Future Infrastructure Plans Key to Future of Grand Strand Hospitality and Tourism Industry
Posted on: March 16, 2014
Recently debate has been stirring in Columbia about the current recommendations on a major change in the South Carolina government structure, often referred to as the “Administration Bill.” This effort, supported by Gov. Nikki Haley, would make a number of changes that ultimately give more power/control to the executive branch. One of the provisions in the governor’s Administration Bill would essentially eliminate the SCDOT commission and transfer the power to decide funding priorities for roads/highways/bridges/etc. to the governor’s office.
So why should the Grand Strand and the hospitality industry be concerned? Historically the Grand Strand and Pee Dee regions have collectively been left holding the bag when it comes to current and future infrastructure needs while other areas of the state continue to bask in building, updating and upgrading their overall infrastructure at the expense of our community.
The future of Hospitality and Tourism, the lifeblood of our community and the number one industry in the state of South Carolina, depends on growing our infrastructure while bringing new dollars into our collective community through new visitors to the area. We need, and frankly must have, I-73 and other infrastructure investments in our region to enhance our tourism base, diversify our economy and open up sectors of economic development and job growth.
While we appreciate the current administration and the Legislatures’ effort to look at more effective management of state government, the current plan to eliminate the SCDOT commission and all of its hard work would make the infrastructure plan for our state largely a political football that could shift-and-change at the whim of any administration. At best, our state’s infrastructure long-term plan would last no more than the 4-year term of any future governor. Whether or not you agree with giving the governor’s office more power is one thing, but eliminating the SCDOT commission without a viable plan to advance South Carolina’s transportation infrastructure needs would severely impede the future growth of the $6.5 billion dollar Grand Strand tourism economy.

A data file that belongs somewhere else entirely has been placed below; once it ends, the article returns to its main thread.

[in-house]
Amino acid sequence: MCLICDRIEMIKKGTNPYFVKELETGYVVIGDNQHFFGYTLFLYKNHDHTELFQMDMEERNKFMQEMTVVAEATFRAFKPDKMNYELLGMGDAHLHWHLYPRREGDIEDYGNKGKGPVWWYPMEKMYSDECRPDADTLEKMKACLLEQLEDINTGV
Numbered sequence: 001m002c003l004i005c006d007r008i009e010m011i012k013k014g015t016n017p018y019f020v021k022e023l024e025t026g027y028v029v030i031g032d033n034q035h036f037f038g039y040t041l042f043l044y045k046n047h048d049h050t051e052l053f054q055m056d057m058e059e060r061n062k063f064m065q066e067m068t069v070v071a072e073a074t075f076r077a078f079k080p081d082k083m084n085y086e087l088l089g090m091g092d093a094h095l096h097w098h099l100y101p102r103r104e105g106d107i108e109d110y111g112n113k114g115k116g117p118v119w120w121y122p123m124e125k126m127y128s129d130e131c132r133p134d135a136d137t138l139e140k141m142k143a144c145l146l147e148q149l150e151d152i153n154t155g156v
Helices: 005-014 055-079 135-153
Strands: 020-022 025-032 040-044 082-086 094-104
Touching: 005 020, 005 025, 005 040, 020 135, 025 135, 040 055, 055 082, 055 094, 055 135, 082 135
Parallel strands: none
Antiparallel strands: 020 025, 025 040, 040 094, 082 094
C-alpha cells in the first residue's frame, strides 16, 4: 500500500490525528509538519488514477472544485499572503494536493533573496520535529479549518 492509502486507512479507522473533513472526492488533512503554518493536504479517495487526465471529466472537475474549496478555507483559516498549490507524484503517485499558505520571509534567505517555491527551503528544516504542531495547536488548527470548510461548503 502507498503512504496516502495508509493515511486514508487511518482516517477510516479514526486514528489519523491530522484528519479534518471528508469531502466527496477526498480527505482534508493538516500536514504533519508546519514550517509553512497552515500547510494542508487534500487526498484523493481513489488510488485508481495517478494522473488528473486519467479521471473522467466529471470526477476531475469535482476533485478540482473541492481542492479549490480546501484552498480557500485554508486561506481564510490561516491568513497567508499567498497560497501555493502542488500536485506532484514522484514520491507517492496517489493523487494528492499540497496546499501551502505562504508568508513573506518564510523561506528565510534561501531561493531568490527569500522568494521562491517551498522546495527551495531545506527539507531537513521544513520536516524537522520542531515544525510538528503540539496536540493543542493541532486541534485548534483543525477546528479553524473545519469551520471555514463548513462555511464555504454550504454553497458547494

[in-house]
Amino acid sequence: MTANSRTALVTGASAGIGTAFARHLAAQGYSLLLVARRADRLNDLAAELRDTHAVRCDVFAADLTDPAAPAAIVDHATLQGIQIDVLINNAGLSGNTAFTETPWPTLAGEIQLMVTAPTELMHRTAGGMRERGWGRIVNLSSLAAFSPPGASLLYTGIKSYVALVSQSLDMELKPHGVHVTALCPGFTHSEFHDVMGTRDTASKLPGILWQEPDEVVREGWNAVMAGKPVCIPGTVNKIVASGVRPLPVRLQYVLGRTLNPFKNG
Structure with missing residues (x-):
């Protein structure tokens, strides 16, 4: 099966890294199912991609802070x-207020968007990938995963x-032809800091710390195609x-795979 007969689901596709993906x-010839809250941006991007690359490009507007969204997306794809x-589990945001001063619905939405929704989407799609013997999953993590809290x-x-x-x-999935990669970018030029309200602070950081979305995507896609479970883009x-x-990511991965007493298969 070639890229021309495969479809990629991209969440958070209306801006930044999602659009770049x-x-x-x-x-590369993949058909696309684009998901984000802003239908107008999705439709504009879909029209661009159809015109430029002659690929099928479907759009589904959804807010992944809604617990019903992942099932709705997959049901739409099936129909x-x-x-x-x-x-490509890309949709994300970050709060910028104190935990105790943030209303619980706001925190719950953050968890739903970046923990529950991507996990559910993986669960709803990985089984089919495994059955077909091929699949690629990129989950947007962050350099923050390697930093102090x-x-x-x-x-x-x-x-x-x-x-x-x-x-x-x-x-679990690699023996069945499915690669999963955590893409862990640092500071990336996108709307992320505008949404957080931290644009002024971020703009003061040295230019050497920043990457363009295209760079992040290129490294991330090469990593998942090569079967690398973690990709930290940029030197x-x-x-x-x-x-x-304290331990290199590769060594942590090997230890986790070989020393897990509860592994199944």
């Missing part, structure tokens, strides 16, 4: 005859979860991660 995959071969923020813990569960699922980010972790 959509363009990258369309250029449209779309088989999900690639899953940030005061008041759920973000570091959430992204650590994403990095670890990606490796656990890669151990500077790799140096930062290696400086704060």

A great example of what could come if the commission is eliminated is a separate bill that has already passed a House committee that would require every DOT expenditure of $20 million or more to pass the House. This would start a trend that would make transportation funding far more political than it currently is today. That’s bad news for areas like the Grand Strand where we will always be challenged to amass the votes we need to make our needs Columbia’s priorities. We sincerely appreciate the recognition by the administration and our legislators’ that tourism growth is a key reason the future economic prosperity of South Carolina looks bright. Let’s not take a step back and risk all of our futures by politicizing our infrastructure needs.